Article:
Remembering the Flying Boats That Once Ruled the Skies

Startups are also exploring the concept

Flying boat
One of BOAC's nine new Plymouth class Sandringham flying boats in flight which come into service on the Poole-Bahrain-Karachi route.
PA Images via Getty Images

Years ago I made a wrong turn when catching a flight out of LaGuardia Airport and ended up at the historic Marine Air Terminal. As the National Parks Service notes in a description of the facility, it’s “the only active airport terminal dating from the first generation of passenger travel in the United States — the ‘Golden Age of the Flying Boat.’”

These vehicles are a lot larger than the seaplanes you might see in rural areas and around waterfronts today — imagine something the size of a passenger plane, but which took off and landed on the water. It was a very different time for air travel — one where runways were not yet widespread.

And, as Sean Cudahy recounts in an article for The Points Guy, a new documentary is revisiting that point in aviation history. The title of the film is Flying Boat, and — if the trailer is any indication — it looks to both provide a primer in the history flying boats and explores the efforts underway to restore and preserve existing airplanes of this type.

In an interview with the magazine Colorado Arts and Sciences, documentary director Dirk Braun described being taken with flying boats from the first time he saw one in college — specifically, a Grumman Albatross. “I deemed the [A]lbatross the greatest adventure machine and was fascinated by its capability and design, and all of that transferred to my making this film,” he told the magazine. “As a person interested in film, I pictured flying the [A]lbatross to iconic and exotic places and could envision that being something very spectacular.”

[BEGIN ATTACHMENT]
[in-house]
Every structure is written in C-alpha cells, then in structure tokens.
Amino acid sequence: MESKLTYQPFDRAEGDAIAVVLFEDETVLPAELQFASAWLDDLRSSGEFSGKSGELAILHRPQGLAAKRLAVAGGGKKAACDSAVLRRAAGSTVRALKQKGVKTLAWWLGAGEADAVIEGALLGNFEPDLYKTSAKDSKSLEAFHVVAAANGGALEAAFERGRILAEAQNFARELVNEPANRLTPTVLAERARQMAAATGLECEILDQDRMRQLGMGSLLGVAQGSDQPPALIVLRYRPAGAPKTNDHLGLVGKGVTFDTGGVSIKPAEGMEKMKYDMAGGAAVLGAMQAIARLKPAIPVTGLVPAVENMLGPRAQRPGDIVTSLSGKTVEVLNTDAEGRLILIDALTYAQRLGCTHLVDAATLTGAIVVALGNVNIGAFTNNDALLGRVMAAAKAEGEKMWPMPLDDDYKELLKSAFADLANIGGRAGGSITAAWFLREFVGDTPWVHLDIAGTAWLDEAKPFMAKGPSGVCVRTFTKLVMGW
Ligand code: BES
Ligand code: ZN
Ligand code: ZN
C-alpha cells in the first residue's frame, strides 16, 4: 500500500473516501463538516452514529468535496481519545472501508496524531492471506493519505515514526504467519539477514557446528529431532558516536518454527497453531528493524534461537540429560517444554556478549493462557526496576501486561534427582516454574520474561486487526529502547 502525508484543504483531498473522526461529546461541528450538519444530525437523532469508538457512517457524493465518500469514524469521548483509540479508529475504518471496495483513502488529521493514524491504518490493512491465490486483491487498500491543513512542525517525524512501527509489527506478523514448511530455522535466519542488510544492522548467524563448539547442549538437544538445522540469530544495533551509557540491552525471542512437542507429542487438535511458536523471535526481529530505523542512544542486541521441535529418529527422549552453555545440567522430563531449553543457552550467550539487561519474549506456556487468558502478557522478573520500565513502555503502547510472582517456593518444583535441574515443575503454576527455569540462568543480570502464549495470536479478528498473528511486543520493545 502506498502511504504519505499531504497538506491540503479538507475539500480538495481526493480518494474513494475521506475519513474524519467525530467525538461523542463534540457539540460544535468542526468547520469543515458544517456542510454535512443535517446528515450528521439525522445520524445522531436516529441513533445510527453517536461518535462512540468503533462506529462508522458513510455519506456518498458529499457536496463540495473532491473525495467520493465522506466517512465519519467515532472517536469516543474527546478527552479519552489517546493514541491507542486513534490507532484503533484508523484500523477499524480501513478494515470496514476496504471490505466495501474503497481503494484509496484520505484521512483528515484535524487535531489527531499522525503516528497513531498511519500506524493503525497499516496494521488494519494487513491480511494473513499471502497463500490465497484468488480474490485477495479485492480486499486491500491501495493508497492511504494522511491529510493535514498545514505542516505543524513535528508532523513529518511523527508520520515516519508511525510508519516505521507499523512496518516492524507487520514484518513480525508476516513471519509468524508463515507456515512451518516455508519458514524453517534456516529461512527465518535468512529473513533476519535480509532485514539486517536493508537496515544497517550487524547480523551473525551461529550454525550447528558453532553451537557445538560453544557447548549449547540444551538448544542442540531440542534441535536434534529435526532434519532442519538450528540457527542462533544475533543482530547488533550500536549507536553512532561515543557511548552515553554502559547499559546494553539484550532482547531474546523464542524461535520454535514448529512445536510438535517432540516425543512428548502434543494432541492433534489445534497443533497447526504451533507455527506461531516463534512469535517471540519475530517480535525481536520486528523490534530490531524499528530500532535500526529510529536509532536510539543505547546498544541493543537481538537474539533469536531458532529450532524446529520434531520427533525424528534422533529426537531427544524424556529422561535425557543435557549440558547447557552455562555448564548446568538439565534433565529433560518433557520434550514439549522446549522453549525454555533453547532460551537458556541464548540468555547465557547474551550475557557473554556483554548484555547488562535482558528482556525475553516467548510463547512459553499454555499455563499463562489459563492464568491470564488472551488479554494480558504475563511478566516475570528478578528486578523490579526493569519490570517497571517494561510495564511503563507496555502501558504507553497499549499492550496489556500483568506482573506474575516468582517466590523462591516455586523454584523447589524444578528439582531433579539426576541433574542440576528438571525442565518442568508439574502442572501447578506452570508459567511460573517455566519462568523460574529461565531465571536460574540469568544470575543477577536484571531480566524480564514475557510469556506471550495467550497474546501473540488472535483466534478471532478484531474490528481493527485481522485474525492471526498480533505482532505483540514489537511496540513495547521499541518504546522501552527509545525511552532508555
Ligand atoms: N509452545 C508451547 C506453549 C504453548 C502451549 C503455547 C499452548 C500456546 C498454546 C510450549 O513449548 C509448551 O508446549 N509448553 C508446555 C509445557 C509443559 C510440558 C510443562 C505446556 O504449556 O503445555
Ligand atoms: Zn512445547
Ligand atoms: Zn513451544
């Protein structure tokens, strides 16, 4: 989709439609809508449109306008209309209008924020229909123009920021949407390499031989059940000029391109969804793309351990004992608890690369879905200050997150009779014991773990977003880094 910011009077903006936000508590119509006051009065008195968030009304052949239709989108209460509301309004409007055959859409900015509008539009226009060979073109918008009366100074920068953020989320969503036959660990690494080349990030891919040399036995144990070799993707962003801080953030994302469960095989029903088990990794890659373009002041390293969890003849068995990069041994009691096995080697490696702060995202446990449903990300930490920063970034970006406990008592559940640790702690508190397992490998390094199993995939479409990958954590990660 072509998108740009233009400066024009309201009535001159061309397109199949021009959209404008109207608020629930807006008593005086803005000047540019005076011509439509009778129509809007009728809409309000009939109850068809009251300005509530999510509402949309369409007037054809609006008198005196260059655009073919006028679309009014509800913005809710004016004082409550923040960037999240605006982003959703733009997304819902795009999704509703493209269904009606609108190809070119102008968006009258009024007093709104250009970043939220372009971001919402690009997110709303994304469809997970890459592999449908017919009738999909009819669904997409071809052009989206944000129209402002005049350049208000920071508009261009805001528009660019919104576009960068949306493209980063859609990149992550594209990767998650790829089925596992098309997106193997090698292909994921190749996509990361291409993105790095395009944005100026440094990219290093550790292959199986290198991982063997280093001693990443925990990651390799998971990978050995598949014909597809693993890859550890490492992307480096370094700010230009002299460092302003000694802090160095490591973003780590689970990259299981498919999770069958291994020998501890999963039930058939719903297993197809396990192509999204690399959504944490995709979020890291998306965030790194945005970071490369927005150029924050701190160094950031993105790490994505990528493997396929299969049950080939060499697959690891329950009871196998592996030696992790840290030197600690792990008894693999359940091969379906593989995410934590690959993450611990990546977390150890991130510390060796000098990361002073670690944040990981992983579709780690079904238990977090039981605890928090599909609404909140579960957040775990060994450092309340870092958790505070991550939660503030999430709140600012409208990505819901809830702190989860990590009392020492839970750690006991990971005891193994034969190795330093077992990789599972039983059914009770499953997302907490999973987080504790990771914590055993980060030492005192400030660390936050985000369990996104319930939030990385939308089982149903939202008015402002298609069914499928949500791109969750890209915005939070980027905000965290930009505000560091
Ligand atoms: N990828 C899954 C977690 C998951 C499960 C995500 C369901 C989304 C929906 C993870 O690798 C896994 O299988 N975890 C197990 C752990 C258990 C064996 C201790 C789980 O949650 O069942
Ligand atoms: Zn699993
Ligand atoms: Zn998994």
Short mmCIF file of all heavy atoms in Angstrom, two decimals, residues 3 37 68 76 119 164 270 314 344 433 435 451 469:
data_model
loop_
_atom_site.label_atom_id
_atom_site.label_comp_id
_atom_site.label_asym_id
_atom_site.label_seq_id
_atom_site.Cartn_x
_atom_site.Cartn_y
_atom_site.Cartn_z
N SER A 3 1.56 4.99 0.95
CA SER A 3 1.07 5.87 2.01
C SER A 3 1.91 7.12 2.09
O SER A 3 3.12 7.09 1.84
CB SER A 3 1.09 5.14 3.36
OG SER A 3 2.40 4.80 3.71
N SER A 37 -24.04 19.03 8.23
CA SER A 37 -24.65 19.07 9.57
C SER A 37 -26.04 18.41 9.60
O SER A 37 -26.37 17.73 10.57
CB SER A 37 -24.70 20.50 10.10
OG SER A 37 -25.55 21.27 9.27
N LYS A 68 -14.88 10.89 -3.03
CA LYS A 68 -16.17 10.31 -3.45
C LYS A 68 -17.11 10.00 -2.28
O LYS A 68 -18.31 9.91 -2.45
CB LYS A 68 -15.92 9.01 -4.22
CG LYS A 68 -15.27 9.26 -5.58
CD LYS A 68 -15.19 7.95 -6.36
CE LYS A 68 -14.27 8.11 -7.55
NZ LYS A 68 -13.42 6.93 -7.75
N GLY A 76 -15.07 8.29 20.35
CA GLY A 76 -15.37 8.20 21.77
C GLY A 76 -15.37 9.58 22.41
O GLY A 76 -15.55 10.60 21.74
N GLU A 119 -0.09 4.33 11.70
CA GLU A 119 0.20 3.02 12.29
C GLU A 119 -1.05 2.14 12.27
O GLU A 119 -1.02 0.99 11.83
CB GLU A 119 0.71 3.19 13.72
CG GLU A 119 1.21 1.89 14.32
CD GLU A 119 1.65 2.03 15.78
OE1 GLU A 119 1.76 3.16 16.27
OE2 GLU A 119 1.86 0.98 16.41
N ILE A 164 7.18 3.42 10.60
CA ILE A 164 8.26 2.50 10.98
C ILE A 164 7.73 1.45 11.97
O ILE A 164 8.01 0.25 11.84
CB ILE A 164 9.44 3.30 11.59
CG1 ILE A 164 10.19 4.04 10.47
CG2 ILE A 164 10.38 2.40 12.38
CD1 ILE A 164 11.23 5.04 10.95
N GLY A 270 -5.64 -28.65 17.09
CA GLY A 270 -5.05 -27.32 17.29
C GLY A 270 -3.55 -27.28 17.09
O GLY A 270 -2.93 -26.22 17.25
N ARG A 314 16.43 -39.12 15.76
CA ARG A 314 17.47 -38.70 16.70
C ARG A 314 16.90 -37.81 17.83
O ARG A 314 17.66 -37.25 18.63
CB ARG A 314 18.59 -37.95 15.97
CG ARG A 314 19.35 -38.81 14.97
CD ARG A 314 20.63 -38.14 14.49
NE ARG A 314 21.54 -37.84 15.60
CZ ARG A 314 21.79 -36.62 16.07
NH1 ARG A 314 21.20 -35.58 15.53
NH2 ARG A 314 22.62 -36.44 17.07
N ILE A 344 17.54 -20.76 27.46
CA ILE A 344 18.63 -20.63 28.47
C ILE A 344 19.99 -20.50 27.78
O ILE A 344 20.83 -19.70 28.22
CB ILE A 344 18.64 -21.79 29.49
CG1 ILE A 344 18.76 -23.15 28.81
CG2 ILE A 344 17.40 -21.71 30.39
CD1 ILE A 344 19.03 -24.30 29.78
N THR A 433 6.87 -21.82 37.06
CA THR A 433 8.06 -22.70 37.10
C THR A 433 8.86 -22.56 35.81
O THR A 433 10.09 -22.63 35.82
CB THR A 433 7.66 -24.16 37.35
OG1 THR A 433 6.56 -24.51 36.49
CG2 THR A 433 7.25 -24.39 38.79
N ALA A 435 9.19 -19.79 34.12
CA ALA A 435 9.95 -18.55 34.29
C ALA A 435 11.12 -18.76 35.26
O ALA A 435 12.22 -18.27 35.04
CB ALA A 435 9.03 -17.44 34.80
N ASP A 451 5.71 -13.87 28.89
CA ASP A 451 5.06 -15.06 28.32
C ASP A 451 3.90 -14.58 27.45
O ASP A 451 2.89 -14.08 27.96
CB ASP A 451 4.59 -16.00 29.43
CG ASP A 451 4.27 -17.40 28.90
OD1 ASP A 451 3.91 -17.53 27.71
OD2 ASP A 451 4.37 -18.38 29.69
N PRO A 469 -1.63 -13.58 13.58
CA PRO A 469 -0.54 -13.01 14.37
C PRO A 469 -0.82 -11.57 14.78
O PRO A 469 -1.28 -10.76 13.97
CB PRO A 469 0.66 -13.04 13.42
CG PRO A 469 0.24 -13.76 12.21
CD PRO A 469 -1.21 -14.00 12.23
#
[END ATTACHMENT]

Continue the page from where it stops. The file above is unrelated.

The Age of Self-Flying Planes Is Upon Us
No pilot? No problem. At least that’s the hope.

Writing at The Points Guy, Cudahy points out that amphibious aircraft are still being developed today — though not quite in the same configurations as the flying boats of yesteryear. Earlier this month, CNBC reported on the work being done by Regent, an electric seaglider startup that has a number of airlines and water taxi services interested in its vehicles. Regent is also working on the Monarch, a vessel that holds 100 passengers — something that might bring the age of flying boats full circle.


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